STANFORD, CA.- The Cantor Arts Center at Stanford University presents "Art of Being Tuareg: Sahara Nomads in a Modern World," May 30 through September 2, 2007. This is the first major U.S. exhibition to examine Tuareg art, culture, and history, and it features more than 200 objects, including jewelry, clothing, leatherwork, and other distinctive items of these semi-nomadic West African people of Niger, Mali, and Algeria.
"The Tuareg, with their elegant dress, exquisite ornamentation, refined song, speech, and dance, have fascinated travelers and scholars throughout history," said Thomas K. Seligman, John & Jill Freidenrich Director of the Cantor Arts Center. "With Americans' increased awareness of the Islamic world, the sale of Tuareg jewelry in exclusive boutiques, recent tours in the U.S. by Tuareg music and dance groups, and even a car named after the people, this exhibition meets a growing interest in the Tuareg and their rich culture."
The exhibition begins with photographic portraits and first-person accounts of what it means to be a Tuareg in a modern world. Next, the viewer enters a gallery that evokes the openness of the desert. This section features a hide tent, supported by decorated poles and surrounded by geometrically patterned windscreens and a variety of wooden bowls and leather bags. Other highly refined works include camel saddles, daggers and swords, tools, and musical instruments, all typical of a nomadic Tuareg lifestyle. Classical Tuareg silver and leather jewelry is also featured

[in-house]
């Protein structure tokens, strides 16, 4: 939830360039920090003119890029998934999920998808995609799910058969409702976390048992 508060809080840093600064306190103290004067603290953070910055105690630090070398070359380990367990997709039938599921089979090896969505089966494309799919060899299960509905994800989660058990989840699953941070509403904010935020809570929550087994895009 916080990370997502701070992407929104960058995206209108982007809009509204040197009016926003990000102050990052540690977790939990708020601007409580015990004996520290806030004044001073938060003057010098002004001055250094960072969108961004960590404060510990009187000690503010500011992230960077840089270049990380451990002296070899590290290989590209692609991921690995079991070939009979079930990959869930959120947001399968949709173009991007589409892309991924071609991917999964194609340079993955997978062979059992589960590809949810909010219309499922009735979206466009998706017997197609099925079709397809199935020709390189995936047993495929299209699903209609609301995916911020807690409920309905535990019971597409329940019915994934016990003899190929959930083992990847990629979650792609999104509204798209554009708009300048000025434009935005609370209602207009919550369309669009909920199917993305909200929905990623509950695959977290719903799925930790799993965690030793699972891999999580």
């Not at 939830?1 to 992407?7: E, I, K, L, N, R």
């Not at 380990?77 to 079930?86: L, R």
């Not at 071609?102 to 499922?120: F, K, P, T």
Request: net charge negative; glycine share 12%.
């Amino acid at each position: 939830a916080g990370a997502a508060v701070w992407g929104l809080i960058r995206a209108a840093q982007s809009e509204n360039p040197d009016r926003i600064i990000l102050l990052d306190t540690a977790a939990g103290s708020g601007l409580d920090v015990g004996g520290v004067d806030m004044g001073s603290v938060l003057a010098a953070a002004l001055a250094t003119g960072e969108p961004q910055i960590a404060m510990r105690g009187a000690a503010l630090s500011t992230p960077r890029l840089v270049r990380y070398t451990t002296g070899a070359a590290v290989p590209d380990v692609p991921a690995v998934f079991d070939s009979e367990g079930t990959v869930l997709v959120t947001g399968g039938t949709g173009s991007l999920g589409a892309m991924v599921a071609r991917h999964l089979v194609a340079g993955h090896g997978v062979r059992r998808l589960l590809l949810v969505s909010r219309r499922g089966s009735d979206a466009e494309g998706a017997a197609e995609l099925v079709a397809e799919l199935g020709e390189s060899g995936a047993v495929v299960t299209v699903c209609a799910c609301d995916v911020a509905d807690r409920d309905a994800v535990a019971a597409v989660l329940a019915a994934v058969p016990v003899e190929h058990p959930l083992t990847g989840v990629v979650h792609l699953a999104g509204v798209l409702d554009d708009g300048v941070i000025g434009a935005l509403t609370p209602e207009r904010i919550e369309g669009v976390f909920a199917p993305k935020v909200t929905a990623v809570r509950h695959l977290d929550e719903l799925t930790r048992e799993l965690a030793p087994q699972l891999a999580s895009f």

Video footage from a desert wedding shows the confluence of the Tuaregs past and present. Men, wrapped in indigo veils, ride camels and drive 4x4 vehicles. Women wear locally embroidered shirts and wraps, as well as imported fabrics. Tuareg musicians play a goatskin drum as well as electric guitars.
The exhibition proceeds to a presentation of the finest older objects from the new Musee Quai Branly, Paris, and the Musee dethnographie Neuchatel, Switzerland, set in a display typical of an art museum, and continues with a close look at one well-respected inadan (artist or smith) family group in Niger, with a simulation of their workshop. A video shows the family making jewelry and provides insight into their lives.
The exhibition, curated by Seligman and Kristyne Loughran, an independent scholar, has been co-organized by the Cantor Arts Center at Stanford University and the Fowler Museum at UCLA. "Art of Being Tuareg" premiered at the Fowler Museum in the fall of 2006. After viewing at Stanford, the exhibition goes to the National Museum of African art, Smithsonian Institution, October 10, 2007 January 27, 2008.
The exhibition, its accompanying publication, and related public programs are made possible by the generous support of C. Diane Christensen and Karen Christensen; at the Cantor Arts Center, the Halperin Directors Discretionary Fund, the Phyllis C. Wattis Program Fund, and the Bill and Jean Lane Fund; at the Fowler, the Shirley and Ralph Shapiro Directors Discretionary Fund, the Yvonne Lenart Public Programs Fund, and Manus, the Support Group of the Fowler Museum.